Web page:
The coronavirus is affecting all aspects of life around St. Louis.
Missouri's governor ends holdout against "stay at home" order" and issues one to start Monday. West and north St. Louis County have been the hardest-hit parts of the county so far during the crisis. Fair St. Louis is called off. Price-gouging complaints roll in to Missouri officials. Grocery stores and shoppers face some struggles navigating the new norms of keeping away from one another. The nation shed more than 700,000 jobs in March. Radio layoffs hit St. Louis These are some of Friday's developments.
7:30 p.m.: ST. LOUIS — People experiencing homelessness are setting up tents in a park across from Stifel Theater, near Market Street, to help protect themselves from coronavirus. Yusef Scoggin, director of family and health services in St. Louis County and chairman of St. Louis Area Regional Commission, said Friday that, according to national statistics, about 40% of people experiencing homelessness are likely to end up with COVID-19.
6 p.m. — ST. LOUIS — Four women in the city have died of coronavirus, bringing the city's total death toll to five. Three of the women were older than 70 years old, and one was in her 50s.
In all, the city reported 27 new cases on Friday, bringing the total number of cases to 297.
5 p.m. — JEFFERSON CITY — Gov. Mike Parson put all Missouri residents under a stay-at-home order Friday, ending days of frustration for critics who said he should have taken the action weeks ago to help curb the spread of COVID-19. The order starts at midnight Sunday (12 a.m. Monday). Read more.
2:45 p.m. — CHICAGO — With 53 deaths reported in one 24-hour period, Illinois Gov. J.B. Pritzer said Friday that 210 people in Illinois have died in the coronavirus outbreak. Read more.
2:30 p.m. — ST. LOUIS — Mayor Lyda Krewson said Friday that she thinks it's "very likely" the city's stay-at-home order will be extended past April 22, "but we have not made that decision. We will make that decision based on science and data." She said she expects to make that call in the next week or two. The mayor said she has no plans to close the city's 109 parks but urged people to practice social distancing. She said playgrounds would remain closed.
2:20 p.m. — JEFFERSON CITY — In March, Missouri Gov. Mike Parson urged the House to give him the power to spend $33 million in federal funds to fight the coronavirus. Now, with two weeks of deaths and a mushrooming number of positive cases, the governor’s request has ballooned to more than $2.5 billion. Read more.
2 p.m. — ST. LOUIS — It was just two guys, one on tuba and the other on trombone, slowly walking down a St. Louis street. But the impromptu two-man brass band made up of roommates Dominique Burton and Benjamin Kosberg lifted up neighbors in Tower Grove sheltering in their homes this week to slow the coronavirus pandemic. Read more.
1 p.m. — ST. LOUIS — Baseball equipment maker Rawlings is laying off 130 people at its plant in Washington, Mo. Read more.
12:15 p.m. — JEFFERSON CITY — Missourians across the state are reporting cases of inflated prices for food, toilet paper and hand sanitizer to the attorney general’s office. The office received more than 250 complaints of price gouging from March 1 to March 24, including $10 for a single roll of toilet paper. Read more.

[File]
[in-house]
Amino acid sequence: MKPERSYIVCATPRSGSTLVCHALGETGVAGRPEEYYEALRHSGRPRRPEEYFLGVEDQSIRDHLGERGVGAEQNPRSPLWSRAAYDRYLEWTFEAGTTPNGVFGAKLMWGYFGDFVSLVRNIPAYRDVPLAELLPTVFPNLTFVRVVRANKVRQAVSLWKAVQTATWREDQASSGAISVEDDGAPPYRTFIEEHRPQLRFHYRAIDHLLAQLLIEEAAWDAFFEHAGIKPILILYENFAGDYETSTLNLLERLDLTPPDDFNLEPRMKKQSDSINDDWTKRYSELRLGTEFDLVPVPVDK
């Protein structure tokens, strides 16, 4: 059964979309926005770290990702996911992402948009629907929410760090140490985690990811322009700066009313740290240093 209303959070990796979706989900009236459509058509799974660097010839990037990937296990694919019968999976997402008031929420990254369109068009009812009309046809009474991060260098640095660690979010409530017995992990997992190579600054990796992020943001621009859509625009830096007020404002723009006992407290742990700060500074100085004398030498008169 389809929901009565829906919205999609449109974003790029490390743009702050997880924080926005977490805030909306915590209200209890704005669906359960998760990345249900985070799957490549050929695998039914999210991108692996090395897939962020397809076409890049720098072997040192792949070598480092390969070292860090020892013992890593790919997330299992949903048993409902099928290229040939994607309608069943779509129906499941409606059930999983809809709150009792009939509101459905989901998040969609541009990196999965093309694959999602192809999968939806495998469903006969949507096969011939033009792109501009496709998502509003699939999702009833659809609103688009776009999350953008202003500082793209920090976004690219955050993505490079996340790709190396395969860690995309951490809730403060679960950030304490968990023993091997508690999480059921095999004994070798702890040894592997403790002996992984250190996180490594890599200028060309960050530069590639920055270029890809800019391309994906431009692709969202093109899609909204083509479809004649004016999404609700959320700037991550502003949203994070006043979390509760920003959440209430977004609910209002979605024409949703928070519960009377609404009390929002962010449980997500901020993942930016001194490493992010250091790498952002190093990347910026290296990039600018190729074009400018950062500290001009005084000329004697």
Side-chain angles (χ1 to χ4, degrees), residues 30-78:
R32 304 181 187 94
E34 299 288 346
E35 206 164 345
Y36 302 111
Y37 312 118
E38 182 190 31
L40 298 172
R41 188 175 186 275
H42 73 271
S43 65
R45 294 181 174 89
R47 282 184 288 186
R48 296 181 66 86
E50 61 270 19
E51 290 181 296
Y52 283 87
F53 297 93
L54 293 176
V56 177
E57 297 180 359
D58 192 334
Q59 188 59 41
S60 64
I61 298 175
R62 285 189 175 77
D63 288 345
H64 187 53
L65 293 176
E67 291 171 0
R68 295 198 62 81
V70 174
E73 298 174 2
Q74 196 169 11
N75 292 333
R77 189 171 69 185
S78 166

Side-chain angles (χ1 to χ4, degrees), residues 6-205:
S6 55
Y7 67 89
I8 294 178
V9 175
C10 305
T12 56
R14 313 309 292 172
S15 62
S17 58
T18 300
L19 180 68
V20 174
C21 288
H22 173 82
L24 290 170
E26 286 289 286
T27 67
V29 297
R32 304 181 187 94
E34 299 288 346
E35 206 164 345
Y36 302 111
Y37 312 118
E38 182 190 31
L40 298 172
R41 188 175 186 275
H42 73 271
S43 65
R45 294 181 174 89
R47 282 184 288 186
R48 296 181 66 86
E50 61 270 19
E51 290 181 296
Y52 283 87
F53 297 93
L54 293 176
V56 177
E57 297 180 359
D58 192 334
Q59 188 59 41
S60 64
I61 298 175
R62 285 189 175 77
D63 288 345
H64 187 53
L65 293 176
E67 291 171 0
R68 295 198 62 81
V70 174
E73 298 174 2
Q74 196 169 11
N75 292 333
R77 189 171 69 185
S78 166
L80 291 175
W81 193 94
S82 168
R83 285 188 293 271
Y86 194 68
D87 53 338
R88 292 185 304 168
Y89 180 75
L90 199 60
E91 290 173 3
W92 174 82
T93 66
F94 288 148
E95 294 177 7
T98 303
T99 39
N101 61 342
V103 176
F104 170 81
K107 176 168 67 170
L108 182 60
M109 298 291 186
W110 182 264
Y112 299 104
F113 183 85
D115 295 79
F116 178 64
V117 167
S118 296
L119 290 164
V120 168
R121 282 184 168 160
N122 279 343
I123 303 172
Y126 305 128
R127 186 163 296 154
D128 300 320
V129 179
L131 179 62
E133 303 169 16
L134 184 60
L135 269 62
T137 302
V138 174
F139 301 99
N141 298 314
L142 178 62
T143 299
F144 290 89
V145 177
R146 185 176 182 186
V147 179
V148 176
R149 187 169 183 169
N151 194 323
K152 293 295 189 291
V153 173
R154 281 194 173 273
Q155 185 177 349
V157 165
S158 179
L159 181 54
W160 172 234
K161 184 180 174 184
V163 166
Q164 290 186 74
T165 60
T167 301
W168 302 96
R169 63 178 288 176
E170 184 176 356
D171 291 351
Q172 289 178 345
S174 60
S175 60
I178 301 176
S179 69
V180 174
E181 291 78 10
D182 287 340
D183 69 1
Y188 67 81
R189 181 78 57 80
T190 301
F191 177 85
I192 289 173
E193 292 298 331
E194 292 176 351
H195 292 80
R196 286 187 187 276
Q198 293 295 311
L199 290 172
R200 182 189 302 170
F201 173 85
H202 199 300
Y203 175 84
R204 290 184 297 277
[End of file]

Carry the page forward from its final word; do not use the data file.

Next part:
11:15 a.m. — ST. LOUIS — Fair St. Louis, the region's annual and massive Fourth of July celebration, officially got canceled on Friday. Organizers said with the coronavirus pandemic, the safety of people needs to be the top priority. Read more.
10 a.m. — ST. LOUIS — There will be no performances by the St. Louis Symphony Orchestra through mid-May. Read more.
9:30 a.m. — ST. LOUIS — Entercom Communications — parent company of five STL stations — will lay off, furlough or cut the pay of a "significant" number of its employees, Inside Radio reported. In STL, Entercom owns KMOX (1120 AM), KNOU (96.3 FM), KYKY (98.1 FM), KFTK (97.1 FM) and KEZK (102.5 FM). The company blamed the drop in advertising revenue caused by the coronavirus pandemic. Read more.
8 a.m. — ST. LOUIS — The fight against the coronavirus invokes the language and imagery of war. It’s a battle, with health care workers on the front lines, the wounded dying alone, hospital ships deployed to hot zones and makeshift morgues to store the dead. But unlike any war we’ve ever fought before, our front lines are filled with mothers. Nearly 90% of registered nurses in America are women. About a third of practicing doctors are women. Read more.
7:30 a.m. — WASHINGTON —A record-long streak of U.S. job growth ended suddenly in March after nearly a decade as employers cut 701,000 jobs because of the viral outbreak that's all but shut down the U.S. economy. The unemployment rate jumped to 4.4% from a 50-year low of 3.5%. Read more.
6 a.m. — ST. LOUIS — The most crowded place these days is the grocery, where often it’s difficult — if not impossible — to stay far from other shoppers, amid coronavirus fears. And it leaves grocers in a tough spot, navigating how to keep people away from each other when stores are bustling with customers stocking up to hunker down. Grocers have put together a list of tactics, some deployed more uniformly, others unique. Read more.
5 a.m. — ST. LOUIS — No Cardinals games, no Blues game and no pay for many of the people at Fox Sports Midwest. From the names in the booth to the behind-the-scenes people, no season so far means no work. Read more.
• Area events canceled or postponed
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